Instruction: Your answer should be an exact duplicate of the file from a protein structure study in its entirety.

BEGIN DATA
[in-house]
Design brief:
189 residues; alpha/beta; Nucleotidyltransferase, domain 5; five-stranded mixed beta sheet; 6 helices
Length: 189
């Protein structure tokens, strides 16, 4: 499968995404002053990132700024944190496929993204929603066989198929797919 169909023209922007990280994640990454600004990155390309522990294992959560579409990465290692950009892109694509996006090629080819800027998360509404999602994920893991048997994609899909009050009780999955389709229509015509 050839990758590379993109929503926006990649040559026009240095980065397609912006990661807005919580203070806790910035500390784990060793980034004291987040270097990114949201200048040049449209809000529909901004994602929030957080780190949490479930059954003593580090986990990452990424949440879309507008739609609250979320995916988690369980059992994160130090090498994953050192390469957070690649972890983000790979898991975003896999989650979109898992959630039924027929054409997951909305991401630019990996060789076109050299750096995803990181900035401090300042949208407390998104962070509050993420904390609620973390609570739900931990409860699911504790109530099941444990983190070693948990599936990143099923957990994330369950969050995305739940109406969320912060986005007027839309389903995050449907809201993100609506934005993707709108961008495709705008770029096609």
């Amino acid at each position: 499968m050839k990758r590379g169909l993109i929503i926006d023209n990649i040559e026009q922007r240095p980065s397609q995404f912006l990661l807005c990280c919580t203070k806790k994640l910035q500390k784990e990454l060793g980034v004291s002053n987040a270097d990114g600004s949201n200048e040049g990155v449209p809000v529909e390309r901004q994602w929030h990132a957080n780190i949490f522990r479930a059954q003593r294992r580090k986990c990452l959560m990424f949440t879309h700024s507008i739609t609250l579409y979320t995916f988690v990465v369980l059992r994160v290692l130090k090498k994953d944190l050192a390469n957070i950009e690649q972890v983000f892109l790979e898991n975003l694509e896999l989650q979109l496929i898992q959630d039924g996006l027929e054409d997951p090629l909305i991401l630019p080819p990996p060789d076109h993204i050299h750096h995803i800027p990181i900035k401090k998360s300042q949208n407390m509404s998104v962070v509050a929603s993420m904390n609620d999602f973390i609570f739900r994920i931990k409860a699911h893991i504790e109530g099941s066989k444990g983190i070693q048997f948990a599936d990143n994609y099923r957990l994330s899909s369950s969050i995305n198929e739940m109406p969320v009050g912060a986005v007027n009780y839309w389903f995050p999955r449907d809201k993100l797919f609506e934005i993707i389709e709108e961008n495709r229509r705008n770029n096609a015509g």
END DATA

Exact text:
[in-house]
Design brief:
189 residues; alpha/beta; Nucleotidyltransferase, domain 5; five-stranded mixed beta sheet; 6 helices
Length: 189
């Protein structure tokens, strides 16, 4: 499968995404002053990132700024944190496929993204929603066989198929797919 169909023209922007990280994640990454600004990155390309522990294992959560579409990465290692950009892109694509996006090629080819800027998360509404999602994920893991048997994609899909009050009780999955389709229509015509 050839990758590379993109929503926006990649040559026009240095980065397609912006990661807005919580203070806790910035500390784990060793980034004291987040270097990114949201200048040049449209809000529909901004994602929030957080780190949490479930059954003593580090986990990452990424949440879309507008739609609250979320995916988690369980059992994160130090090498994953050192390469957070690649972890983000790979898991975003896999989650979109898992959630039924027929054409997951909305991401630019990996060789076109050299750096995803990181900035401090300042949208407390998104962070509050993420904390609620973390609570739900931990409860699911504790109530099941444990983190070693948990599936990143099923957990994330369950969050995305739940109406969320912060986005007027839309389903995050449907809201993100609506934005993707709108961008495709705008770029096609």
């Amino acid at each position: 499968m050839k990758r590379g169909l993109i929503i926006d023209n990649i040559e026009q922007r240095p980065s397609q995404f912006l990661l807005c990280c919580t203070k806790k994640l910035q500390k784990e990454l060793g980034v004291s002053n987040a270097d990114g600004s949201n200048e040049g990155v449209p809000v529909e390309r901004q994602w929030h990132a957080n780190i949490f522990r479930a059954q003593r294992r580090k986990c990452l959560m990424f949440t879309h700024s507008i739609t609250l579409y979320t995916f988690v990465v369980l059992r994160v290692l130090k090498k994953d944190l050192a390469n957070i950009e690649q972890v983000f892109l790979e898991n975003l694509e896999l989650q979109l496929i898992q959630d039924g996006l027929e054409d997951p090629l909305i991401l630019p080819p990996p060789d076109h993204i050299h750096h995803i800027p990181i900035k401090k998360s300042q949208n407390m509404s998104v962070v509050a929603s993420m904390n609620d999602f973390i609570f739900r994920i931990k409860a699911h893991i504790e109530g099941s066989k444990g983190i070693q048997f948990a599936d990143n994609y099923r957990l994330s899909s369950s969050i995305n198929e739940m109406p969320v009050g912060a986005v007027n009780y839309w389903f995050p999955r449907d809201k993100l797919f609506e934005i993707i389709e709108e961008n495709r229509r705008n770029n096609a015509g």